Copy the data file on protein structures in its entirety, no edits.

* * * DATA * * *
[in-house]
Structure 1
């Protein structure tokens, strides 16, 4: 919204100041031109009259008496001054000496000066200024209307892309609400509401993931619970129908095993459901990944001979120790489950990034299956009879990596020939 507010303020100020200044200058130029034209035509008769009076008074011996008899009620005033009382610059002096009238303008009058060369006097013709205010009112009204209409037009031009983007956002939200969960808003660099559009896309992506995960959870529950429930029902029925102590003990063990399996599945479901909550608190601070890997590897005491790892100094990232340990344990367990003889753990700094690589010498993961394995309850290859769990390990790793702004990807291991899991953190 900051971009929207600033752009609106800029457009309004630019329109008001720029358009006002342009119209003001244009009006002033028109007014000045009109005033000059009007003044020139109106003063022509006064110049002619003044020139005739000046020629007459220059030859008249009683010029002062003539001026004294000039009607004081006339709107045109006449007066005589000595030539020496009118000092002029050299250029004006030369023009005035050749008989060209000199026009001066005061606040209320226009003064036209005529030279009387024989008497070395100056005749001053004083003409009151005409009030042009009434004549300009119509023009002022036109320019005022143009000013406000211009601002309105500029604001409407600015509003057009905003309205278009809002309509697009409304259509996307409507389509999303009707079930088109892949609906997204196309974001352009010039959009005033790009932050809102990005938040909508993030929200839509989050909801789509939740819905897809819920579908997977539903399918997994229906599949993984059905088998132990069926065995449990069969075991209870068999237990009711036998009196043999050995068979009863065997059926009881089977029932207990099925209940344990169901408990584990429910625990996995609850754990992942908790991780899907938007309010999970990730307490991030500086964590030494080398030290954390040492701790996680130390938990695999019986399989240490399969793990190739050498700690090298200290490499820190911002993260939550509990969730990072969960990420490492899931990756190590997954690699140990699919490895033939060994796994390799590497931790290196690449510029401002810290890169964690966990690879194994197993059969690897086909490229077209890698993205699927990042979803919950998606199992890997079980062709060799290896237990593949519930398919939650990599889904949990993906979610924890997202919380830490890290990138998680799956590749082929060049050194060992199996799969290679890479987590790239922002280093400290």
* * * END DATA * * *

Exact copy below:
[in-house]
Structure 1
């Protein structure tokens, strides 16, 4: 919204100041031109009259008496001054000496000066200024209307892309609400509401993931619970129908095993459901990944001979120790489950990034299956009879990596020939 507010303020100020200044200058130029034209035509008769009076008074011996008899009620005033009382610059002096009238303008009058060369006097013709205010009112009204209409037009031009983007956002939200969960808003660099559009896309992506995960959870529950429930029902029925102590003990063990399996599945479901909550608190601070890997590897005491790892100094990232340990344990367990003889753990700094690589010498993961394995309850290859769990390990790793702004990807291991899991953190 900051971009929207600033752009609106800029457009309004630019329109008001720029358009006002342009119209003001244009009006002033028109007014000045009109005033000059009007003044020139109106003063022509006064110049002619003044020139005739000046020629007459220059030859008249009683010029002062003539001026004294000039009607004081006339709107045109006449007066005589000595030539020496009118000092002029050299250029004006030369023009005035050749008989060209000199026009001066005061606040209320226009003064036209005529030279009387024989008497070395100056005749001053004083003409009151005409009030042009009434004549300009119509023009002022036109320019005022143009000013406000211009601002309105500029604001409407600015509003057009905003309205278009809002309509697009409304259509996307409507389509999303009707079930088109892949609906997204196309974001352009010039959009005033790009932050809102990005938040909508993030929200839509989050909801789509939740819905897809819920579908997977539903399918997994229906599949993984059905088998132990069926065995449990069969075991209870068999237990009711036998009196043999050995068979009863065997059926009881089977029932207990099925209940344990169901408990584990429910625990996995609850754990992942908790991780899907938007309010999970990730307490991030500086964590030494080398030290954390040492701790996680130390938990695999019986399989240490399969793990190739050498700690090298200290490499820190911002993260939550509990969730990072969960990420490492899931990756190590997954690699140990699919490895033939060994796994390799590497931790290196690449510029401002810290890169964690966990690879194994197993059969690897086909490229077209890698993205699927990042979803919950998606199992890997079980062709060799290896237990593949519930398919939650990599889904949990993906979610924890997202919380830490890290990138998680799956590749082929060049050194060992199996799969290679890479987590790239922002280093400290």